A final word about professionalism. The fact is, every publisher and editor I've ever worked with told me straight up that they did indeed Google me first. My agent as well. So, before you do anything online you should know that the internet is an essential part of your query letter. Would you really use the F word in a query? A cleavage shot? Hmm...

Tuesday, November 16, 2010

Paranormal: Still going strong or fading?

I've been a huge paranormal fan for a few years. I went from never reading it, to reading primarily paranormal romance. For a while there it seemed like every time you turned around there was a new paraormal series popping up. I'm not complaining, because like I said, paranormal girl here, but I'm curious if the huge blast of paranormals has started to wear on readers.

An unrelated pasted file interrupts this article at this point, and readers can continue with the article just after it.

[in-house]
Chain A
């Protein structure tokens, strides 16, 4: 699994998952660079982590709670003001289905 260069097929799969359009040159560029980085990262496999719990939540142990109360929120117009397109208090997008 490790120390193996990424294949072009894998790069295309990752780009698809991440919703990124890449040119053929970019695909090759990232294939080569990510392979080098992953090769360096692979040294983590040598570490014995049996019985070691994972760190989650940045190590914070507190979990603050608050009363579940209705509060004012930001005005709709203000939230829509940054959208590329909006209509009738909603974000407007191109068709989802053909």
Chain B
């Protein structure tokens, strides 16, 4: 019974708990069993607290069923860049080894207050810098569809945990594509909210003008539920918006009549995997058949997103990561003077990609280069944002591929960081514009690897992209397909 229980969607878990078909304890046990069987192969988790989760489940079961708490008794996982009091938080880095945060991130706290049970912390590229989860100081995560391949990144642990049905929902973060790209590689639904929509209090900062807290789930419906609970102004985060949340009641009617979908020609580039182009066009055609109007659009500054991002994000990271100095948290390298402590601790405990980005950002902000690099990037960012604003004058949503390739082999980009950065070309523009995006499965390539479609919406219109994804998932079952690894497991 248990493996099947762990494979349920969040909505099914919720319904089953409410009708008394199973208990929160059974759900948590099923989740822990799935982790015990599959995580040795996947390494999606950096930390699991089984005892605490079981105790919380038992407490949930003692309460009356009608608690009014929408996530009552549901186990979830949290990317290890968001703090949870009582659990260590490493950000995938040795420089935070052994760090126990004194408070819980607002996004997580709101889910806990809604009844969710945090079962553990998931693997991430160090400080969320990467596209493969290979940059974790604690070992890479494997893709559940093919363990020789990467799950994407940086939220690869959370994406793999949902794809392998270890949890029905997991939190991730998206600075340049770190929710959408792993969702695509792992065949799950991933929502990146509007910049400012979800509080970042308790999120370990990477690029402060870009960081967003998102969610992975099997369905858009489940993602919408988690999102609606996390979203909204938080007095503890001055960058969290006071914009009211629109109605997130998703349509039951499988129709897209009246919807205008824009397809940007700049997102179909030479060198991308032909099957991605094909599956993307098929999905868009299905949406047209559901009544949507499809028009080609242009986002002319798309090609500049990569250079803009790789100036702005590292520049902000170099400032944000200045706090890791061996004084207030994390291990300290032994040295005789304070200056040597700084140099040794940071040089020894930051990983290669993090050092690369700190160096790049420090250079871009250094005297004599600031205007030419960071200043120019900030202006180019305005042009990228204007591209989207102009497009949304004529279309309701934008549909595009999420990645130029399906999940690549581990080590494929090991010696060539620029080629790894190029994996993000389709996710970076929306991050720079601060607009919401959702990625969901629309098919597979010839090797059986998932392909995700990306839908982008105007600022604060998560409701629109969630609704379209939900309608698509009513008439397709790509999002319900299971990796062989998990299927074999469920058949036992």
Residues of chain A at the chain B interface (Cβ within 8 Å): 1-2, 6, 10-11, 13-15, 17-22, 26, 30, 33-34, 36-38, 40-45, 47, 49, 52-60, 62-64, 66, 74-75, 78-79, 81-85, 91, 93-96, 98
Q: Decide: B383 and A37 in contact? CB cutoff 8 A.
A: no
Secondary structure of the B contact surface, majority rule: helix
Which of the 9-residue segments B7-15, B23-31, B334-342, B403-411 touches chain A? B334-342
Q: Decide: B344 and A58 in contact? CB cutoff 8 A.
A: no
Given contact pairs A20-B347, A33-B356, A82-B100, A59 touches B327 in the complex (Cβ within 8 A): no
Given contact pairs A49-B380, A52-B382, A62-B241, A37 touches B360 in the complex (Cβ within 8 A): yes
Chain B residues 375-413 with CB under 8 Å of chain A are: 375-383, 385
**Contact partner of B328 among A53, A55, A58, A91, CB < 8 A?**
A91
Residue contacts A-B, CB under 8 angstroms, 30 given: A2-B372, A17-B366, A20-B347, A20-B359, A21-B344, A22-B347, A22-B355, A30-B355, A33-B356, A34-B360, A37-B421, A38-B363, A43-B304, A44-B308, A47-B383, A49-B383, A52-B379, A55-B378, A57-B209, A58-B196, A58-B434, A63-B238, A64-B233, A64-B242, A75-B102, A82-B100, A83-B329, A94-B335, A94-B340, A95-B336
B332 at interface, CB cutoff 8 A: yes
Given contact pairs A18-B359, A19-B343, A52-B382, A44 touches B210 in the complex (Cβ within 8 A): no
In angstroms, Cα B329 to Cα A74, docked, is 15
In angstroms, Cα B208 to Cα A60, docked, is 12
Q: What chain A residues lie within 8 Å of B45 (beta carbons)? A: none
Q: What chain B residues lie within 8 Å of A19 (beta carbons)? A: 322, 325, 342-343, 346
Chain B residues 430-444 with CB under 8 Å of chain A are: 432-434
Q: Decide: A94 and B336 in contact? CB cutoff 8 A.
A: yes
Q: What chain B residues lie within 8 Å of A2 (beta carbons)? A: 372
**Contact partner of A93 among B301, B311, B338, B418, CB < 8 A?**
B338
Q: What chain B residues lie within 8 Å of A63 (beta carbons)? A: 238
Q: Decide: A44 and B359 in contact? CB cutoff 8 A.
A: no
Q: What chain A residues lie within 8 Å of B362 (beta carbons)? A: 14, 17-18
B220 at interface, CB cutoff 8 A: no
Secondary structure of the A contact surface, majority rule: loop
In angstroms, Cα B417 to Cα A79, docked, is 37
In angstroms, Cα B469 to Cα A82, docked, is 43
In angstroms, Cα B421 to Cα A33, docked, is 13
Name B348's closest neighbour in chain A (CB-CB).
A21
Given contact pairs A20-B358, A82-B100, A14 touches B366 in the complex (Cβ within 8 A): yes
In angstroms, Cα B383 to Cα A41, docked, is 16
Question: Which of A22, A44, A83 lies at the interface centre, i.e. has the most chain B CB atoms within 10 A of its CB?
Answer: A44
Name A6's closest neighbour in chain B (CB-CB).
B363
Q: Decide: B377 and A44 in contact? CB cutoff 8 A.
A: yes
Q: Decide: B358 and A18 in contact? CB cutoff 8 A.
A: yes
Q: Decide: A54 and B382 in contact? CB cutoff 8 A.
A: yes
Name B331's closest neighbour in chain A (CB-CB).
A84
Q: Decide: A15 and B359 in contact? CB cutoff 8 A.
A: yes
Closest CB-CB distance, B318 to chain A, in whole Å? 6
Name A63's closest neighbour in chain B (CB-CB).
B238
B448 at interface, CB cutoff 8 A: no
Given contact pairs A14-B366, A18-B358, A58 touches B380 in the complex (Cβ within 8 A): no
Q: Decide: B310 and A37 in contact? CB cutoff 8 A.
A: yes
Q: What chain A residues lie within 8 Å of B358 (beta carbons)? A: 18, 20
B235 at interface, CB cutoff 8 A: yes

Now I know vampires, shifters, demons and all those other things that go bump in the night have been around forever. They will continue to be around and people will continue to read them. Who doesn't like to step out of reality for a little while and imagine a vampires bite? The paranormal world is dangerous and sexy as hell, but after a while are you looking for something...different? That new creature we've never heard of. A world so unique it blows your mind. Or is that forbidden romance...those delicious beasts are just so much more fun than the typical Joes.

I'm a lover of both genres equally. I can devoure some paranormal just like the next girl. Most of my favorite series or authors write about vampires or shifters, but I still have that soft spot for contemporary that burns just as brightly as my love of paranormal.